For all the sizzle of the fast-paced developments in digital video, there remains something slow and plodding about this unique field of electronics. It's like a board game where you move two steps forward and one step back: The rapid pace of technological progress is constantly being throttled by a unique mix of government regulation, industry conflicts, and a zealous guarding of the Hollywood cash cow (see Digital Cinema Seeks Protection From Pirates).
Anyone in the U.S. who thinks the rollout of High Definition television here is slow should take a look at what's going on in Europe (or what's not going on). See Europe: Ready for HD?, this week's featured article.
You may blame governments, in part, for the slow progress in HD, but then also take a look at what's happened this week in the private sector with high definition DVD -- or, more accurately, what hasn't happened. The Sony-Toshiba-Matsushita negotiations to unify a single high definition DVD format have reportedly broken down (see Next-gen DVD talks collapse.)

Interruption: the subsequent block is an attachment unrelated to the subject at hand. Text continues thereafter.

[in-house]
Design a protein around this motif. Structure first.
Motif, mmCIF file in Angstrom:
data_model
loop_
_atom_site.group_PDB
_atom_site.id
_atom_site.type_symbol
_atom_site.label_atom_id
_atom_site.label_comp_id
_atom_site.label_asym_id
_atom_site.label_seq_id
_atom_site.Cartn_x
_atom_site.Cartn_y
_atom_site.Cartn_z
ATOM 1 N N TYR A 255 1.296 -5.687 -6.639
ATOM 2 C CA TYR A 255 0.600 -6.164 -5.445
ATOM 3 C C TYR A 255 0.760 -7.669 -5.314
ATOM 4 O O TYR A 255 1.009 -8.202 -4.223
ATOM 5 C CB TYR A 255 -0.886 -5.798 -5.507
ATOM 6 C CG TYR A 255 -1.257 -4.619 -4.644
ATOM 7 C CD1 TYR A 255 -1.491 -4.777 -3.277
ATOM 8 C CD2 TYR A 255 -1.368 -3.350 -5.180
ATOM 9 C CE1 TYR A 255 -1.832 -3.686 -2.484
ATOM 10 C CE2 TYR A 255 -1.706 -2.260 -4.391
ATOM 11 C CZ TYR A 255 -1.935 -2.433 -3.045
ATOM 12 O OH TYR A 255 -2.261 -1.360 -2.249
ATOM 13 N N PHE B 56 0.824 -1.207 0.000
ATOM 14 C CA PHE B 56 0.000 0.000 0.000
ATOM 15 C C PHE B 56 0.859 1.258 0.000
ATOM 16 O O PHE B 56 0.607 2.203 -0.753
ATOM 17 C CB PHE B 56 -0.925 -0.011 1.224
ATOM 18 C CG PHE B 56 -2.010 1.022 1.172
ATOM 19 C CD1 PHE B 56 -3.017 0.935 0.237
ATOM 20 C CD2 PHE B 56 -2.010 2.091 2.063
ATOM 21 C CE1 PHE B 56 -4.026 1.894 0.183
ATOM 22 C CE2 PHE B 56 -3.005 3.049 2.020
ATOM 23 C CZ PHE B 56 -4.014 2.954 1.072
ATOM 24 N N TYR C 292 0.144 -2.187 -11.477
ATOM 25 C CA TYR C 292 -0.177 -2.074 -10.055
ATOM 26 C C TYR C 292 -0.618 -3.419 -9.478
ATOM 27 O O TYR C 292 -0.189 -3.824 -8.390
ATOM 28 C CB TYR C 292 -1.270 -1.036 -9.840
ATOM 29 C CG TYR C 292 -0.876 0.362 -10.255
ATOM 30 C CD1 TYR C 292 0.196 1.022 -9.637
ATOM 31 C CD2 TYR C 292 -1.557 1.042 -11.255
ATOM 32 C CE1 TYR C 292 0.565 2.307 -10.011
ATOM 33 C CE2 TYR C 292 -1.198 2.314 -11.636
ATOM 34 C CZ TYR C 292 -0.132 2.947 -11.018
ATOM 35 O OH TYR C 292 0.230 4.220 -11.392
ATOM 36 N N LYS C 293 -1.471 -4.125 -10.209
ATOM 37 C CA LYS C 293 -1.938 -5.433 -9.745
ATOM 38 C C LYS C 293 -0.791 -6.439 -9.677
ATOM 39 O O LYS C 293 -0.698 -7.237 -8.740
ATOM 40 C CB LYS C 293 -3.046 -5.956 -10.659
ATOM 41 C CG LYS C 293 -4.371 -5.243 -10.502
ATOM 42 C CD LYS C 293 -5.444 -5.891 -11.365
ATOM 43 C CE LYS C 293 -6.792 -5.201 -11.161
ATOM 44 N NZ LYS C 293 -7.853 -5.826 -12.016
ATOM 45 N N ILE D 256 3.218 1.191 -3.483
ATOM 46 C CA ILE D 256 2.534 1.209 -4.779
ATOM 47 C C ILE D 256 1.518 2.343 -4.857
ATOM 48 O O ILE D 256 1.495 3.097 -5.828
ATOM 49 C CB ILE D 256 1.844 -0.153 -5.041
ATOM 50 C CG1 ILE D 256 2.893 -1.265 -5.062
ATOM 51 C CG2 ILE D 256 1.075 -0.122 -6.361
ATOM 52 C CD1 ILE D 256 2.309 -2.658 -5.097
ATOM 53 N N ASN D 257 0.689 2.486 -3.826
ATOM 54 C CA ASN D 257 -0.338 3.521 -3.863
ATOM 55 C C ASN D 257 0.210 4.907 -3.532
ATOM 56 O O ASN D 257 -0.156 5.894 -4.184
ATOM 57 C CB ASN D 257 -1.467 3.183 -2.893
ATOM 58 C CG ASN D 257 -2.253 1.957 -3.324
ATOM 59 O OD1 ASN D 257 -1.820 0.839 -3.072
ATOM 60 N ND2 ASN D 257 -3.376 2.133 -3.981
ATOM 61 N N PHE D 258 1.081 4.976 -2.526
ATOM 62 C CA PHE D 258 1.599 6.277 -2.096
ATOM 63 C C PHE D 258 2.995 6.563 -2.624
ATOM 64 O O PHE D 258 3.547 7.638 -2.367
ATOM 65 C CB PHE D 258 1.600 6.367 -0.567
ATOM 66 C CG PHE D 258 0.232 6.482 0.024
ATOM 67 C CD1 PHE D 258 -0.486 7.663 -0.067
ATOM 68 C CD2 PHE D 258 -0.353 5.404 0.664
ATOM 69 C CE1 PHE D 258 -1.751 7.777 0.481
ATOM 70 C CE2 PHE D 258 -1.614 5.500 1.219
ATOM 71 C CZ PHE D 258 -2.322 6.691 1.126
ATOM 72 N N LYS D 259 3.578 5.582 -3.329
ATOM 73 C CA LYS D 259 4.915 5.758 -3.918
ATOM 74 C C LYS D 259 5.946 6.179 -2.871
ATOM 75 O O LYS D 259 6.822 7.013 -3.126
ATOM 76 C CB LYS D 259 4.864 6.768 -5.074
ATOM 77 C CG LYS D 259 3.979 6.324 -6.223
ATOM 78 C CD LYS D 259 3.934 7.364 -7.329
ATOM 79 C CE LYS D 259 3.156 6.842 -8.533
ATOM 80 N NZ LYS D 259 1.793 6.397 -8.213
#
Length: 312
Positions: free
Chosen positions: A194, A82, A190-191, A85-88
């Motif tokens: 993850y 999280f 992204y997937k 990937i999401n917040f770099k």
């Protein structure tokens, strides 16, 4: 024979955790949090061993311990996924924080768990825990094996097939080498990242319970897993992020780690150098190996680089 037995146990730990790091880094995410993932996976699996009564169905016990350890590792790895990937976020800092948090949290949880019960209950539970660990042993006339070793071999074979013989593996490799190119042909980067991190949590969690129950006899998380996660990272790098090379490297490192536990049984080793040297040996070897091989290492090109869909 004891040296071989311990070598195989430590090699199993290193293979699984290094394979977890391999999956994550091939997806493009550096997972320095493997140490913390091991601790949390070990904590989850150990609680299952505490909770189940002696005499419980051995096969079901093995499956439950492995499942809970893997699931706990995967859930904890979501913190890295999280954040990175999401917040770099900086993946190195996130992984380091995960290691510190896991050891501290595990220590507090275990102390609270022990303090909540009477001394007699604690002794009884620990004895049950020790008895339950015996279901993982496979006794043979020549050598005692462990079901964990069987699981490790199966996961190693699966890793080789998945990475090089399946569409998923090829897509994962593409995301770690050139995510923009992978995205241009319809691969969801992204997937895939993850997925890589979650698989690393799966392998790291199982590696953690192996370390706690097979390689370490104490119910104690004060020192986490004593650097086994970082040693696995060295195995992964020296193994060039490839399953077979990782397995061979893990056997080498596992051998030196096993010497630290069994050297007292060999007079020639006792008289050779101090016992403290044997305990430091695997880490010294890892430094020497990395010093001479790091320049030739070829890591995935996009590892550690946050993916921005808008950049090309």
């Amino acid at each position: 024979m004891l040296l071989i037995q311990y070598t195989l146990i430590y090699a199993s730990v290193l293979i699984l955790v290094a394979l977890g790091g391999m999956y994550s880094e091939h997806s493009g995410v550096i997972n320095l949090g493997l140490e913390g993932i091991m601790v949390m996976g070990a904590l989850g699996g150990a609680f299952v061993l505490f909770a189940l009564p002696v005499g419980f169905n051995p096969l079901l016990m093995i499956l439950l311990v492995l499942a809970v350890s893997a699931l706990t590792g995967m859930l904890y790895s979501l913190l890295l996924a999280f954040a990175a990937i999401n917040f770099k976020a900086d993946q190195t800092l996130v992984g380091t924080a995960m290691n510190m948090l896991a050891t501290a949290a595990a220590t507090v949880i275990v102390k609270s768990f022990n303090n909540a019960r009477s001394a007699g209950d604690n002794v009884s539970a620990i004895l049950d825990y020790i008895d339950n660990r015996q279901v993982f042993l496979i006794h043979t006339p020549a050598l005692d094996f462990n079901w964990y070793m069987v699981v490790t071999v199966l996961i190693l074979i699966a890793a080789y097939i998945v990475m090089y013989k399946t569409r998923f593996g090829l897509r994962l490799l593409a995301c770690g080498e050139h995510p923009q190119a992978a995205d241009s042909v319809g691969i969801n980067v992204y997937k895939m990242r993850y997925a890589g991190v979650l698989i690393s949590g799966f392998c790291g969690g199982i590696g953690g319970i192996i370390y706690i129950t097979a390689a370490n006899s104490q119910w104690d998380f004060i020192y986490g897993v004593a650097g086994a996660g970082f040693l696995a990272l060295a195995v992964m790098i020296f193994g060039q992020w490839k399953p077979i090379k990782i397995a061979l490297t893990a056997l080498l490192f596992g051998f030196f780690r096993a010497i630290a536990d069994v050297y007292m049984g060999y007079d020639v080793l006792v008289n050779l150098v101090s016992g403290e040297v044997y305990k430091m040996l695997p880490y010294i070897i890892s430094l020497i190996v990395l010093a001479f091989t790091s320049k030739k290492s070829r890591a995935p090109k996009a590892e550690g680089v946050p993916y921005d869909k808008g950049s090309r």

Already, recordable DVD in standard definition has been hampered by a format war, and now it looks like that's a small skirmish compared with things to come. Could this truly degenerate into a pre-recorded video format war, the likes of which haven't been seen since the classic 1970s/80s-era battle between VHS and Betamax?
One big difference this time around is the possibility of a multi-format HD disc drive. It will cost more, but it is possible -- just look at today's DVD +RW/-RW disc drives. With VHS and Beta, such a combo-unit was impractical.
What's your opinion? Will there be a format war, and how hard would building a combo-drive be? Reply in our Video/Imaging DesignLine Forums, Blue Ray / HD DVD format war.